We love the Smoky Mountains. Wish you were here!

Remnant of a Once Thriving Lumber Town in the Smokies

Three and a half miles north of the Oconaluftee Visitor Center, a right turn into Smokemont will lead to a campground and horseback riding stables. But hidden in the trees there’s also a white chapel, the lone remaining structure from a once-thriving Smokemont community. The Baptist church, sometimes referring to as Lufty Church (short for Oconaluftee) was formed around 1829, but the current building was erected in 1896. Like all of the Park’s surviving old buildings, the church’s doors are always open.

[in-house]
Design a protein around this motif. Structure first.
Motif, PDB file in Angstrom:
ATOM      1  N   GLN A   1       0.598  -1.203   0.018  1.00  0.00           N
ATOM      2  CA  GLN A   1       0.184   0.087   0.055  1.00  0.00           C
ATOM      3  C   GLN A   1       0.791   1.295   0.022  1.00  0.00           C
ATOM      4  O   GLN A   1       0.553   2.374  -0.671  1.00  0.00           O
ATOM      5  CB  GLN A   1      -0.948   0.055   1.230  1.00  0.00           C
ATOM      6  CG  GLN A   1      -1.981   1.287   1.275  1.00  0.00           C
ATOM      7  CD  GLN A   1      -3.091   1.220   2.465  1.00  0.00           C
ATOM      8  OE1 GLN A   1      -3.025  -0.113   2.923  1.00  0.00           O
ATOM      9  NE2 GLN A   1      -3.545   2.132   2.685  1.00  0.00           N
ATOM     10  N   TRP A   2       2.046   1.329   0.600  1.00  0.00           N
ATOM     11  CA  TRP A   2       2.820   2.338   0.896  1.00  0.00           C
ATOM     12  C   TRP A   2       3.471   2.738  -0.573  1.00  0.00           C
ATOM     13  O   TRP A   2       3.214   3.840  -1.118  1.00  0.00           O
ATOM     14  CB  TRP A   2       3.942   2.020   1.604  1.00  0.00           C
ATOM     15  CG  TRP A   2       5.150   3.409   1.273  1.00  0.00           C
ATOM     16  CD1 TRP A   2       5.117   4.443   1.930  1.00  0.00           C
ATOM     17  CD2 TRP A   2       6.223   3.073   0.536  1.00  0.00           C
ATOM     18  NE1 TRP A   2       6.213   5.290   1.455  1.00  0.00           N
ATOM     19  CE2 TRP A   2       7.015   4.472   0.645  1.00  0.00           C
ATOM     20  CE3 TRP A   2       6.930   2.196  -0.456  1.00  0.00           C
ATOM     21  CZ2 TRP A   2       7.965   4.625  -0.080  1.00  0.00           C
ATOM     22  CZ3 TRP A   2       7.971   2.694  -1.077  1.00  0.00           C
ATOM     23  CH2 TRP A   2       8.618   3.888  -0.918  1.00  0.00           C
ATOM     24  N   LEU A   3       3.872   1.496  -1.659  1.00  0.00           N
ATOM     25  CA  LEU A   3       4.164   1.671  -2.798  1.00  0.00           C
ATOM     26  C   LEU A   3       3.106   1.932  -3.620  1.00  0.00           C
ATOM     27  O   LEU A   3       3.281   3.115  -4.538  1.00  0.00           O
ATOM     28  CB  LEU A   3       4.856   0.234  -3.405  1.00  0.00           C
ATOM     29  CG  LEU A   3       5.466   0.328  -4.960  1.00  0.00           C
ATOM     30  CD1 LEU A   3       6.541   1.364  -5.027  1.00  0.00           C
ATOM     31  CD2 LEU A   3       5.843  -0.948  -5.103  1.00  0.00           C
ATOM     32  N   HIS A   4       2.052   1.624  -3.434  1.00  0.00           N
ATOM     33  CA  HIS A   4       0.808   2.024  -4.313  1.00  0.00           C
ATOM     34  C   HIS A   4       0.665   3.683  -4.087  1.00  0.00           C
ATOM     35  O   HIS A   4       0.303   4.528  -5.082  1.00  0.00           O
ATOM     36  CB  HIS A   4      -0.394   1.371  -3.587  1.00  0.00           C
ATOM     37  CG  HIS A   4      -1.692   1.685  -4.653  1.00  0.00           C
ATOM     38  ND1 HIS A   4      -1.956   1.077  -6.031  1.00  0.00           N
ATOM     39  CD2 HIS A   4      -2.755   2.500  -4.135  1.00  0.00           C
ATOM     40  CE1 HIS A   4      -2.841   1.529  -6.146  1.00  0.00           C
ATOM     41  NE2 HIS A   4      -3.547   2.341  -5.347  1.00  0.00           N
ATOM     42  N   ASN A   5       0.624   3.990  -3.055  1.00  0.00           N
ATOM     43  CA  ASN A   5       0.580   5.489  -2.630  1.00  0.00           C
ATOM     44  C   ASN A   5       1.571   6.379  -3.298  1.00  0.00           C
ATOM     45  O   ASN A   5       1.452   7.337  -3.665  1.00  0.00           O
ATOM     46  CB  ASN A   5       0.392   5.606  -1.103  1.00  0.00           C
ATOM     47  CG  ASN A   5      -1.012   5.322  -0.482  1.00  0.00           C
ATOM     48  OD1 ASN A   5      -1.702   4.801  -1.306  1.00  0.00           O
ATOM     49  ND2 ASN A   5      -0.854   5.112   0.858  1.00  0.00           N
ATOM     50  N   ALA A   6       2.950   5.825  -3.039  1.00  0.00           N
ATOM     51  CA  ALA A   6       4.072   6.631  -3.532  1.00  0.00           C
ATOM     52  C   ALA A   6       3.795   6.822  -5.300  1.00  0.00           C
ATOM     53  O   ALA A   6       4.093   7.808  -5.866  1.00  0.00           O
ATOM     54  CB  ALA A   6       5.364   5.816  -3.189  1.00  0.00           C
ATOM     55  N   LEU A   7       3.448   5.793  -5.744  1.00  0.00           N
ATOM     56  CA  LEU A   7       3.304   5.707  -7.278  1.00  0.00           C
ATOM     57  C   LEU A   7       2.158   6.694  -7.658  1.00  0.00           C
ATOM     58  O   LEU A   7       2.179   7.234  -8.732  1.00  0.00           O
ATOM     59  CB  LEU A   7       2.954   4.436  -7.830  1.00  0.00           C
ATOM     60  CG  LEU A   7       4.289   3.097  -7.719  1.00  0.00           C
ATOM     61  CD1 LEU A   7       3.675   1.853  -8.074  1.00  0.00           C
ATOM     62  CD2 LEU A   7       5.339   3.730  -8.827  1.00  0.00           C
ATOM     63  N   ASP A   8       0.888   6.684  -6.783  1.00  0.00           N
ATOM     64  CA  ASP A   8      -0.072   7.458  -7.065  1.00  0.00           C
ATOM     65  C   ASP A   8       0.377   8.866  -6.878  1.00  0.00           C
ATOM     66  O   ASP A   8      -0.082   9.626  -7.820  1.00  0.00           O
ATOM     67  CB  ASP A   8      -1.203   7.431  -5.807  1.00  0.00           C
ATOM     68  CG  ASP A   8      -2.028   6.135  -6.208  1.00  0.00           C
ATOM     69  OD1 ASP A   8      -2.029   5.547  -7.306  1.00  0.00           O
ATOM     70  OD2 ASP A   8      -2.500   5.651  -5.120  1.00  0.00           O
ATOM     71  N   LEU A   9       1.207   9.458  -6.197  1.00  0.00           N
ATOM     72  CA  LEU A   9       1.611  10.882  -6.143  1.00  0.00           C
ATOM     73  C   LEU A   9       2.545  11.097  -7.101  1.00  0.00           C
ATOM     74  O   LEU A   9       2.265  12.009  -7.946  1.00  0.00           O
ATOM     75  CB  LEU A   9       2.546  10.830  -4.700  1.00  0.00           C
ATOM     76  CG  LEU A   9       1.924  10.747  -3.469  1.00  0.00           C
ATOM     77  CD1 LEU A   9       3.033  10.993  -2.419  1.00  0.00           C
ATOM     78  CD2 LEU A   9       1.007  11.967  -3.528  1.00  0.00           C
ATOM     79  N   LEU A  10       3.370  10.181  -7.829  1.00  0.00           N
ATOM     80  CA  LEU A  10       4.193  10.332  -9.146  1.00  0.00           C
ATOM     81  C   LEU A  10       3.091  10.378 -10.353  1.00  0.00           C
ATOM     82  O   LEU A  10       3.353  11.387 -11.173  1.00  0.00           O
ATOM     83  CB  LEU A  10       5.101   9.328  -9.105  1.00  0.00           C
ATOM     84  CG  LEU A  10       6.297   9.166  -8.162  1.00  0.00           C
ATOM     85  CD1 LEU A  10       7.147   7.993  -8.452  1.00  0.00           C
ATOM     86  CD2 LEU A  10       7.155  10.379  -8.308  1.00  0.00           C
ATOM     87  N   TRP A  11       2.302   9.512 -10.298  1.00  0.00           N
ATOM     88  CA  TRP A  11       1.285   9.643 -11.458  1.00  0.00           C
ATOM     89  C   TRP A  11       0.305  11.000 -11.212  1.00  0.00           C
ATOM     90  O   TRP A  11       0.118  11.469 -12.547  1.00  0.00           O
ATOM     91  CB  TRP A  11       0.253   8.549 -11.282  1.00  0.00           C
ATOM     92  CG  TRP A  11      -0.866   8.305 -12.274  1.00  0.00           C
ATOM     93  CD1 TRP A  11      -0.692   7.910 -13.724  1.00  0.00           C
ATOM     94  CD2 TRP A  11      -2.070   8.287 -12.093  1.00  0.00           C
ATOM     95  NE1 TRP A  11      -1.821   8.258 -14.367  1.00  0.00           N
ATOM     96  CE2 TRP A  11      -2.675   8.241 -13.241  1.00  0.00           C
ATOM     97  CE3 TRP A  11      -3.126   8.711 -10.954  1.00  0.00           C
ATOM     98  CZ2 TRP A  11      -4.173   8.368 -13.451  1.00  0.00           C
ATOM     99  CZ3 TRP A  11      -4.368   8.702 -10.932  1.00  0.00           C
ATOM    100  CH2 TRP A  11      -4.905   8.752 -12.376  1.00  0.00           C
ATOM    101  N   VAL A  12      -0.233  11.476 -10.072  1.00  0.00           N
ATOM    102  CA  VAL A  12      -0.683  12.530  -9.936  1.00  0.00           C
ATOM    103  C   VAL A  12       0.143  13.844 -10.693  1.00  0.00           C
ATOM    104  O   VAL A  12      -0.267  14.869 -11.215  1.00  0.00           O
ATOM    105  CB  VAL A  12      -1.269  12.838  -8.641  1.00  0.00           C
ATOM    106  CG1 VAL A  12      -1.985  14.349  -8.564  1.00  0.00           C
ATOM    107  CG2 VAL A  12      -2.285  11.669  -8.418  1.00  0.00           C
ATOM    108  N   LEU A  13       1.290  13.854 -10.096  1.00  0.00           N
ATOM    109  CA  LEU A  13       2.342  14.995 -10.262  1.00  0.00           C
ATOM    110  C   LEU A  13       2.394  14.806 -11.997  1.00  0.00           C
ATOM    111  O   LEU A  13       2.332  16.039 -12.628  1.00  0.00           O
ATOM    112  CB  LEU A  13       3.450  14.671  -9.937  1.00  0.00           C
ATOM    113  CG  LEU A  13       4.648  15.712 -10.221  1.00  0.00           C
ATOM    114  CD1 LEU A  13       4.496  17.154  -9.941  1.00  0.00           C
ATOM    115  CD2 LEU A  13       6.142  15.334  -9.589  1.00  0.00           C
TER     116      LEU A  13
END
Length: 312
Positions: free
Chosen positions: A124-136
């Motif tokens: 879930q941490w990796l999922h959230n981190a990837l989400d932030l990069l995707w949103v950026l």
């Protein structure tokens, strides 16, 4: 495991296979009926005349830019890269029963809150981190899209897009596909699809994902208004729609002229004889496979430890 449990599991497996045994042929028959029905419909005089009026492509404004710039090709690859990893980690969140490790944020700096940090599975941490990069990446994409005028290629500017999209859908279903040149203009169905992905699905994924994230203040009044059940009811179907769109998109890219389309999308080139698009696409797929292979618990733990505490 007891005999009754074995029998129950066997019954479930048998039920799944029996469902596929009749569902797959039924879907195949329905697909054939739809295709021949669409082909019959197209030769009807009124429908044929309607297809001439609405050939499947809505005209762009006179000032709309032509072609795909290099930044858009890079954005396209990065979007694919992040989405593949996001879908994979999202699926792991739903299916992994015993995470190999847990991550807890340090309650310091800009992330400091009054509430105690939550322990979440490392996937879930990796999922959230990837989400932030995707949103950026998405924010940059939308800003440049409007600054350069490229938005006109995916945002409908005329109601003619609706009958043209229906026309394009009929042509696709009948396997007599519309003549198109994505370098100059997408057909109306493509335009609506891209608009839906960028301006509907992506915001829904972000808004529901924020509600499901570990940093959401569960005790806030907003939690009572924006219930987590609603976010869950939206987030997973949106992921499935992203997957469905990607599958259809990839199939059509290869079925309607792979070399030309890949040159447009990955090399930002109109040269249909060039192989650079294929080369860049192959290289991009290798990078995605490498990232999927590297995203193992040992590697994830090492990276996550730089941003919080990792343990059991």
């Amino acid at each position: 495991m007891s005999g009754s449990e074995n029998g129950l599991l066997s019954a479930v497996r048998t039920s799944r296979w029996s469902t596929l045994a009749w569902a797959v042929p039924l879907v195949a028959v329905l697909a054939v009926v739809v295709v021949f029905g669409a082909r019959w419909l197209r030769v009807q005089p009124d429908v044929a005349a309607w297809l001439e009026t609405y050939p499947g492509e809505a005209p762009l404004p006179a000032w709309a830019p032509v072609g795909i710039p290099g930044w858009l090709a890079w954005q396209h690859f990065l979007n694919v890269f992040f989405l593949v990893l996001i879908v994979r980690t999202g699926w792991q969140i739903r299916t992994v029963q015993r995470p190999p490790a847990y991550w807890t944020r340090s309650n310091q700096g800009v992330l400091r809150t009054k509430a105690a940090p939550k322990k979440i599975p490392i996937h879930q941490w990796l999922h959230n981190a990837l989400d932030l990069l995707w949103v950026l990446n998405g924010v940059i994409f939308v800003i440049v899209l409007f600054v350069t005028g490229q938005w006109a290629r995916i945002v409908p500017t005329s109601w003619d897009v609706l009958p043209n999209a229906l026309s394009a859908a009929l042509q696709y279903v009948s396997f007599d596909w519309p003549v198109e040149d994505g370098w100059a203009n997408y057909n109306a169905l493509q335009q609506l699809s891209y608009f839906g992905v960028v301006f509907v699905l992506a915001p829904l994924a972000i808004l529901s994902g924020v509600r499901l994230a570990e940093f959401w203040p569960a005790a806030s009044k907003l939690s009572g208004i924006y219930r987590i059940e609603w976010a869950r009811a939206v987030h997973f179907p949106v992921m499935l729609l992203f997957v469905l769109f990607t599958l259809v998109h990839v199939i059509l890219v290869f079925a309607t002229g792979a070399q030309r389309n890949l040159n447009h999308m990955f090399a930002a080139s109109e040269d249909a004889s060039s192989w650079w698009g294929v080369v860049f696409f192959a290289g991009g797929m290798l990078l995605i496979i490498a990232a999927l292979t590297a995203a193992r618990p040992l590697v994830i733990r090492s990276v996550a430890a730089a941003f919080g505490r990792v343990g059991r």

Originally called Bradleytown, the town of Smokemont became the headquarters for Champion Fibre Company‚Äôs massive logging and sawmill operation in the early 1900s. At the time, Champion ran the world’s largest paper mill in Canton, North Carolina, a mill that’s still running today. Smokemont had homes, businesses, a school, the logging mill, commissary, a club house, and even a hotel. In the early 1920s, the sawmill produced 45,000 feet of lumber and pulp wood per day.

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